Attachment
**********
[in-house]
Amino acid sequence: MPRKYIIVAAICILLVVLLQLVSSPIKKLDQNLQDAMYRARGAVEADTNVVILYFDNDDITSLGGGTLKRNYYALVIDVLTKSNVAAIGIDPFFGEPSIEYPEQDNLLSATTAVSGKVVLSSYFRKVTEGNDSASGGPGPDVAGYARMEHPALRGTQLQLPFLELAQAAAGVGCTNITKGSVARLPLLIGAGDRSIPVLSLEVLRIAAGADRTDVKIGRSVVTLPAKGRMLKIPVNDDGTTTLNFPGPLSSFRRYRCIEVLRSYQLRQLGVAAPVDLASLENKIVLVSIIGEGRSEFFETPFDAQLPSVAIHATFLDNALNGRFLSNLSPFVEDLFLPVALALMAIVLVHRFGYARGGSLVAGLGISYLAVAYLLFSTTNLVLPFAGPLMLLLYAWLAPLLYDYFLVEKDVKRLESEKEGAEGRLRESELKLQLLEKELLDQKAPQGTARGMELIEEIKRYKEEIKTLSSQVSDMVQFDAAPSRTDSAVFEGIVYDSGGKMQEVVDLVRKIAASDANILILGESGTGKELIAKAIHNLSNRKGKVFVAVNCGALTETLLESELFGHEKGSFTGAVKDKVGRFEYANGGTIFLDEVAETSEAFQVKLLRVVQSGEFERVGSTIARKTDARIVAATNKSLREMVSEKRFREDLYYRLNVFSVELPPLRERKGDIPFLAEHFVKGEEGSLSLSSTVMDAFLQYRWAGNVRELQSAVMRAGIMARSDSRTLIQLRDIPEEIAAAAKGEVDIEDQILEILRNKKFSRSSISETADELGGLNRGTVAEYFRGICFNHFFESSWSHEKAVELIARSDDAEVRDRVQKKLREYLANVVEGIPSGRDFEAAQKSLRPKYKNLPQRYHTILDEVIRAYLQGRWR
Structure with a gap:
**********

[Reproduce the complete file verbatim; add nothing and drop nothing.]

[in-house]
Amino acid sequence: MPRKYIIVAAICILLVVLLQLVSSPIKKLDQNLQDAMYRARGAVEADTNVVILYFDNDDITSLGGGTLKRNYYALVIDVLTKSNVAAIGIDPFFGEPSIEYPEQDNLLSATTAVSGKVVLSSYFRKVTEGNDSASGGPGPDVAGYARMEHPALRGTQLQLPFLELAQAAAGVGCTNITKGSVARLPLLIGAGDRSIPVLSLEVLRIAAGADRTDVKIGRSVVTLPAKGRMLKIPVNDDGTTTLNFPGPLSSFRRYRCIEVLRSYQLRQLGVAAPVDLASLENKIVLVSIIGEGRSEFFETPFDAQLPSVAIHATFLDNALNGRFLSNLSPFVEDLFLPVALALMAIVLVHRFGYARGGSLVAGLGISYLAVAYLLFSTTNLVLPFAGPLMLLLYAWLAPLLYDYFLVEKDVKRLESEKEGAEGRLRESELKLQLLEKELLDQKAPQGTARGMELIEEIKRYKEEIKTLSSQVSDMVQFDAAPSRTDSAVFEGIVYDSGGKMQEVVDLVRKIAASDANILILGESGTGKELIAKAIHNLSNRKGKVFVAVNCGALTETLLESELFGHEKGSFTGAVKDKVGRFEYANGGTIFLDEVAETSEAFQVKLLRVVQSGEFERVGSTIARKTDARIVAATNKSLREMVSEKRFREDLYYRLNVFSVELPPLRERKGDIPFLAEHFVKGEEGSLSLSSTVMDAFLQYRWAGNVRELQSAVMRAGIMARSDSRTLIQLRDIPEEIAAAAKGEVDIEDQILEILRNKKFSRSSISETADELGGLNRGTVAEYFRGICFNHFFESSWSHEKAVELIARSDDAEVRDRVQKKLREYLANVVEGIPSGRDFEAAQKSLRPKYKNLPQRYHTILDEVIRAYLQGRWR
Structure with a gap: